31. The method of claim 30, wherein the plasma matching network input impedance will substantially match to the complex conjugate of the output impedance when the density of the plasma is decreasing.
32. The method of claim 30, wherein the coupling device is a transmission line.
33. The method of claim 30, wherein the coupling device is a coaxial cable.
34. The method of claim 30, wherein the plasma is an inductively coupled plasma.
35. The method of claim 30, wherein the plasma apparatus contains a discharge gas which is an electronegative gas.
36. A method of stabilizing a plasma with a predetermined density in a plasma tool comprising:
setting a predetermined length on a coupling device;
running the plasma tool with a matching network input impedance and a generator output impedance unmatched when the plasma with a predetermined density is at a predetermined operating point; and
running the plasma tools with the matching network impedance and the generator output impedance substantially matched when the density of the plasma is decreasing and the input impedance being substantially matched to the generator output impedance.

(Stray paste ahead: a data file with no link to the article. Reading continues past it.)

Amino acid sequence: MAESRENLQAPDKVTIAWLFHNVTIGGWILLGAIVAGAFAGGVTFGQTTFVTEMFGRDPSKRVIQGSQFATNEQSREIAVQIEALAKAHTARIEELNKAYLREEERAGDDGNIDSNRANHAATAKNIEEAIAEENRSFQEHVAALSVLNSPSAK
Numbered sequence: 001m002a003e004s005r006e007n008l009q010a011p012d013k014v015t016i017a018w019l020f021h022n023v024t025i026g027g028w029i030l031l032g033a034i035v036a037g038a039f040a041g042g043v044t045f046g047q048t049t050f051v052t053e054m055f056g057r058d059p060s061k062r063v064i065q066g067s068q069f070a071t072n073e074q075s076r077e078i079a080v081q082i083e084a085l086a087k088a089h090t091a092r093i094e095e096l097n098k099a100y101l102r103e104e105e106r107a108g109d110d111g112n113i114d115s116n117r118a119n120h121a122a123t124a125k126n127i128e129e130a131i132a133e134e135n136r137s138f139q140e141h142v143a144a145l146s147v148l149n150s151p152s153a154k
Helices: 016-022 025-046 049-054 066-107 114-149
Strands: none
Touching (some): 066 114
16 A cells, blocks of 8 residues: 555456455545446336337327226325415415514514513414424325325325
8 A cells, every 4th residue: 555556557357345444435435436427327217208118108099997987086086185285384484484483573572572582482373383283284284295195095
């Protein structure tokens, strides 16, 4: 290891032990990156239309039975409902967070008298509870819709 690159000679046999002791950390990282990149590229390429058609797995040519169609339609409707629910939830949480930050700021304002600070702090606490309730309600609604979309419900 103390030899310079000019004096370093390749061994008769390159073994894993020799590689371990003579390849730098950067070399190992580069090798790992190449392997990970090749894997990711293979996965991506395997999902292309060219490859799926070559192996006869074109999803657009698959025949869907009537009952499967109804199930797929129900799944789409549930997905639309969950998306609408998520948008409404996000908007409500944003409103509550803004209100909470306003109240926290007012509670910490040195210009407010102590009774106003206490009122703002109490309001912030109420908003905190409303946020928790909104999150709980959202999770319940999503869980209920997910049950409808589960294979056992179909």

37. The method of claim 36, wherein the complex matching network impedance will substantially match to the complex conjugate of the output impedance when the density of the plasma is decreasing.
38. An RF generator apparatus for driving a nonlinear load comprising:
an RF generator having an output impedance value not equal to 50 ohms;
a first and second power measuring device which can measure forward and reflected power on a 50 ohm transmission line and show essentially zero reflected power when a non-linear load has a value of 50;
where the output impedance value of the RF generator is sufficiently different from 50 ohms, to produce a power reflection coefficient of greater than 0.04 when the nonlinear load has a value of 50 ohms.